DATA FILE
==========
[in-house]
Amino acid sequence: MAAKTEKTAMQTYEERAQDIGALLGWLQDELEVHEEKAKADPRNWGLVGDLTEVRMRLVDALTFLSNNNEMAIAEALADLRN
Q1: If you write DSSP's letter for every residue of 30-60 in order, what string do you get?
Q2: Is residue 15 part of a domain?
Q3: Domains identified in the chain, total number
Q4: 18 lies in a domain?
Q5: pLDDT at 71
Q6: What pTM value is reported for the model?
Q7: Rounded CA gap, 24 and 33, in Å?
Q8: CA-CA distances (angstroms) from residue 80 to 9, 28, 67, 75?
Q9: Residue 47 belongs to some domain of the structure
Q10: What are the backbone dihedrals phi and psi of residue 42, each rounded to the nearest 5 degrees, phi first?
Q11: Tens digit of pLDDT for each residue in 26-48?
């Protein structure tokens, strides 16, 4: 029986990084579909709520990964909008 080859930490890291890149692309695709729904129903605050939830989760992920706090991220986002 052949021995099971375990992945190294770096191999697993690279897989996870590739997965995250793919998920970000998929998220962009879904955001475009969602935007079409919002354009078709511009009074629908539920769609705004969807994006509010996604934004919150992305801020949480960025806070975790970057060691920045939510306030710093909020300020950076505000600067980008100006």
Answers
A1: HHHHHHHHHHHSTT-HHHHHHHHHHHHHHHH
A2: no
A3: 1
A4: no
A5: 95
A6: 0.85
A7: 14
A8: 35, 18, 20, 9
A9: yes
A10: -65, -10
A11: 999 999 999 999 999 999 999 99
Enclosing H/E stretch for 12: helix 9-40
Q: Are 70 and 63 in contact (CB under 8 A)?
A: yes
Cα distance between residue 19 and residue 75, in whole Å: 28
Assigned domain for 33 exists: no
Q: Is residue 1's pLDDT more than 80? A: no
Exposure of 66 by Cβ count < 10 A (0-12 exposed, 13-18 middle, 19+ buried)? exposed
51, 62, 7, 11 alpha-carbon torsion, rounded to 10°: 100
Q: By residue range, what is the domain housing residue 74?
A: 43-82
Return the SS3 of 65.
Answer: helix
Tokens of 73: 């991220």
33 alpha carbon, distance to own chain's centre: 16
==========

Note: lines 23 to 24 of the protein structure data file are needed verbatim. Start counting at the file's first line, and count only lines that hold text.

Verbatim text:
A8: 35, 18, 20, 9
A9: yes